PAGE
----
Demand is also likely to be boosted by the launch of the Government's Home Building Finance Ireland (HBFI) agency which it is proposed will provide €750m in financing at competitive rates of interest for developers to build about 6,000 homes. This is in addition to the funding supplied to developers from the State-controlled Irish Strategic Investment Fund (ISIF).

The Government has also encouraged state bodies and local authorities to sell land or engage in licensing arrangements whereby organisations such as CIE and Nama would benefit from directly taking a cut from each of the homes sold on these sites.

Donal Kellegher of Cushman & Wakefield expects that Nama, which did license deals on about half a dozen sites last year, may more than double the number of licence deals with developers this year.

Evan Lonergan of Knight Frank also points out that the licensing approach helps developers as they will not need to pay for the sites until such time as houses are completed so this reduces their finance costs.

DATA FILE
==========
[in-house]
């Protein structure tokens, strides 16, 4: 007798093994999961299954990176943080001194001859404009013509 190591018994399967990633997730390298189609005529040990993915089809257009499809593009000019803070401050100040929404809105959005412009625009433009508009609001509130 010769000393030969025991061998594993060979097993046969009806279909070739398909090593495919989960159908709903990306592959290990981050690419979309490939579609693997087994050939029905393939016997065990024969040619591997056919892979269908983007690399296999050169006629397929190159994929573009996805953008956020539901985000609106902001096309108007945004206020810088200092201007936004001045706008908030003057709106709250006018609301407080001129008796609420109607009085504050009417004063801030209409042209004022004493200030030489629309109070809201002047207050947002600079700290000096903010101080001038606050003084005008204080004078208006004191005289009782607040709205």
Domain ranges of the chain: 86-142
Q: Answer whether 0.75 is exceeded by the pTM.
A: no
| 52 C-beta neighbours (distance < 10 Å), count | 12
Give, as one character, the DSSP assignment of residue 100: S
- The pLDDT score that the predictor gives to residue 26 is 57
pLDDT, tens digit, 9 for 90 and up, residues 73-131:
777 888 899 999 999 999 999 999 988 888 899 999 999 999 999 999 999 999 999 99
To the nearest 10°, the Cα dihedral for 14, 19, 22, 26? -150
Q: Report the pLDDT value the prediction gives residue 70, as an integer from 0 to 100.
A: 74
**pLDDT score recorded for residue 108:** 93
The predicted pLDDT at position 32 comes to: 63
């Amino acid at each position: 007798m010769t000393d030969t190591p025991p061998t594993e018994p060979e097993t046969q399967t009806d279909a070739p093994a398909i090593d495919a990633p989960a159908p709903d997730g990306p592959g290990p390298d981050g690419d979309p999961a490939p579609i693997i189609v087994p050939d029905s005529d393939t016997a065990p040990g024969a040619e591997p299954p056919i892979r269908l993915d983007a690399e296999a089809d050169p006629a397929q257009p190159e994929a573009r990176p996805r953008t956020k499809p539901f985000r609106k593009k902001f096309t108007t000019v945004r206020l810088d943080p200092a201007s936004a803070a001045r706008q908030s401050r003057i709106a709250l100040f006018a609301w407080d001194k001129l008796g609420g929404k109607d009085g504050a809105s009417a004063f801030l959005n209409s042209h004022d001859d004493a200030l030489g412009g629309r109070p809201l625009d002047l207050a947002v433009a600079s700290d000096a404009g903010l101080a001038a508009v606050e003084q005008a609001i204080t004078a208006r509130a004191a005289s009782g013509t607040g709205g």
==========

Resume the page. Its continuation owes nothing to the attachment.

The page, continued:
Licensed sites won't become land banked as developers must commit to time scales for delivering the licensed housing.

Not that Nama has been confining its sights to licensing, as reflected in recent sales such as the former O'Dwyer brothers site behind their former Zanzibar pub on Abbey Street in Dublin 1. The Marlet Property Group, which continues to be one of the major site purchasers, is reported to have paid more than €22m, or the equivalent of more than €25m per acre, for the 0.87 acre site where, it has been suggested, Pat Crean's firm is expected to develop a hotel. Agents Knight Frank had been guiding €14m for the site which is beside a Luas Red line stop and Jervis Shopping Centre.

Yet another factor encouraging sales has been the war chests of the two housing developers Cairn Homes and Glenveagh Properties, that have opted to raise funding on the stock market. The latter has been busy splashing out €178m on site acquisitions, giving it the potential to deliver 5,000 homes. These include a 4.942 acre site at East Road in Dublin's North Docklands where Glenveagh hopes to deliver more than 450 residential units. It paid €40m for the lands it had acquired, suggesting more than €89,000 per unit.